At least five people were killed as Hurricane Irma reached southwest Florida on Sunday, local media reported, as the storm threatened to cause "catastrophic" and "life-threatening" storm surges in coastal areas. One person was found dead in a home in Shark Key. Another four people were reported dead in Monroe County and Hardee County, ABC News reported.
Hurricane Irma barrelled into southwest Florida on Sunday 10 September, though by then it was downgraded to a Category 2 storm with maximum sustained winds of 110 mph, having been Category 5 when it struck the Caribbean, killing at least 27 people across the islands.
The hurricane also left at least 3.5 million people without electricity. At least 6.5 million people had been urged by authorities to leave their houses and seek alternative shelters, AP reported. The storm, which is uprooting trees and flooding streets, is expected to slowly make its way up Florida's west coast, reaching the heavily populated Tampa-St Petersburg area by Monday 11 September.
The is a a storm surge warning in effect for South Santee River southward to Jupiter Inlet; North Miami Beach southward around the Florida peninsula to the Ochlockonee River; Florida Keys; and Tampa Bay.
"A storm surge warning means there is a danger of life-threatening inundation, from rising water moving inland from the coastline, during the next 36 hours in the indicated locations," said the US National Hurricane Center.
"This is a life-threatening situation. Persons located within these areas should take all necessary actions to protect life and property from rising water and the potential for other dangerous conditions. Promptly follow evacuation and other instructions from local officials."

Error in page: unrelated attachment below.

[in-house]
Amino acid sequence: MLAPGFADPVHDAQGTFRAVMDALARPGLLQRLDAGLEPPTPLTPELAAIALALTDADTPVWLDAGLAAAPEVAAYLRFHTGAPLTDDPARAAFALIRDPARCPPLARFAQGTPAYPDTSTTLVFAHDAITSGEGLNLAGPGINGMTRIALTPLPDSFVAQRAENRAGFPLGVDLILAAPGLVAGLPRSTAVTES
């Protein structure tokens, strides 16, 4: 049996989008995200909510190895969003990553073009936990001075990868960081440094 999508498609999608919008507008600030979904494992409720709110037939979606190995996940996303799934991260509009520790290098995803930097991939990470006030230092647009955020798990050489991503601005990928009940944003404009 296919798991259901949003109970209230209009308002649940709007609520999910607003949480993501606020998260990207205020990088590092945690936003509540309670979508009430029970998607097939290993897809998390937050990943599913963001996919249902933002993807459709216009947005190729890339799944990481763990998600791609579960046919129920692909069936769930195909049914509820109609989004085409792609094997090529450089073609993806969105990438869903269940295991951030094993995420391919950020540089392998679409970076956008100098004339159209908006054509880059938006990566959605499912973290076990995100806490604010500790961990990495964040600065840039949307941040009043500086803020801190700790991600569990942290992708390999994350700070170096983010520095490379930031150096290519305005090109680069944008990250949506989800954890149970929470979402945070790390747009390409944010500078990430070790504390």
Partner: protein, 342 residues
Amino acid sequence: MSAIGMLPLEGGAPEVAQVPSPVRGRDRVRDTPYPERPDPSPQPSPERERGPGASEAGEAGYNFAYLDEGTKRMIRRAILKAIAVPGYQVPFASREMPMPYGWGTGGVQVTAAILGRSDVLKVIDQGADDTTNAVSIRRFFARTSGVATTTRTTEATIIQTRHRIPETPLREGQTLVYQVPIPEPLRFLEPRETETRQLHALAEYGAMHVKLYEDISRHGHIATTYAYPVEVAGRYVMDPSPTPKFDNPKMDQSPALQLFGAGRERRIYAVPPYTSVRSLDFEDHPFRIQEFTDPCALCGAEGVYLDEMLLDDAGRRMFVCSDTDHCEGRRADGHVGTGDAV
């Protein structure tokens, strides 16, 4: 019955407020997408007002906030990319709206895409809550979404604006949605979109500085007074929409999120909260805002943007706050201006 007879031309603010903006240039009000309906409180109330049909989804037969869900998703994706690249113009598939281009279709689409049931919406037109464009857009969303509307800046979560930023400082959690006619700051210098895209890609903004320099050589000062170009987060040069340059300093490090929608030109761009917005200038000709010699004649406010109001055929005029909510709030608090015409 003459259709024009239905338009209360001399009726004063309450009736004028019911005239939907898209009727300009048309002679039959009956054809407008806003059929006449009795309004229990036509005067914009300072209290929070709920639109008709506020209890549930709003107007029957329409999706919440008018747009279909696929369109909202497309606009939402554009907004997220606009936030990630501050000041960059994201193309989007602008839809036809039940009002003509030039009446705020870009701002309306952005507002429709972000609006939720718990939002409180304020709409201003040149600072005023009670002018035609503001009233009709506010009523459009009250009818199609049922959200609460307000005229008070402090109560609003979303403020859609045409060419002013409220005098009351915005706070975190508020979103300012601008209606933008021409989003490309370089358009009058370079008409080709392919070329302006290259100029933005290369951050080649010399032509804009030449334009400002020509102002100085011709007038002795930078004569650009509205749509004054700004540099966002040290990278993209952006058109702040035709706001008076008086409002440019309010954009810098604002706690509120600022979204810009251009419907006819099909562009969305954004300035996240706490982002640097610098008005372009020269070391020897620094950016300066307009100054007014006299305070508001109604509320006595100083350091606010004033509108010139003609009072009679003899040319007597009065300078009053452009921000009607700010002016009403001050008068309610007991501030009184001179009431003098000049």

The Center had warned previously: "The threat of catastrophic storm surge flooding is highest along the southwest coast of Florida, where 10 to 15 feet of inundation above ground level is expected."
However, the Center's latest warning said the water is now likely to reach between 3 feet and 6 feet above ground in Cape Sable to Captiva; Captiva to Anna Maria Island; North Miami Beach to Cape Sable, including the Florida Keys; Anna Maria Island to Clearwater Beach, including Tampa Bay; South Santee River to Fernandina Beach; Clearwater Beach to Ochlockonee River; and Fernandina Beach to Jupiter Inlet.
"The deepest water will occur along the immediate coast in areas of onshore winds, where the surge will be accompanied by large and destructive waves," the Center said. "Surge-related flooding depends on the relative timing of the surge and the tidal cycle, and can vary greatly over short distances."
CoreLogic, a global property data firm, found that nearly 455,000 Tampa Bay homes could be damaged by storm surges, CBS reported. Rebuilding the damaged homes could cost an estimated $81bn (£61bn).
The Florida Panhandle, eastern Alabama, most of Georgia and southern South Carolina are also expected to see tropical storm and hurricane conditions by Monday.
Through the storm is projected to pummel the state's Gulf Course, the entire state is in danger due to the storm's size. President Donald Trump approved a major disaster declaration for the Sunshine State and ordered federal aid to help.
The National Weather Service Miami-South Florida reported that a tornado had been sighted at Fort Lauderdale International Airport. A large, damaged crane was seen spinning in the wind and rain in Fort Lauderdale.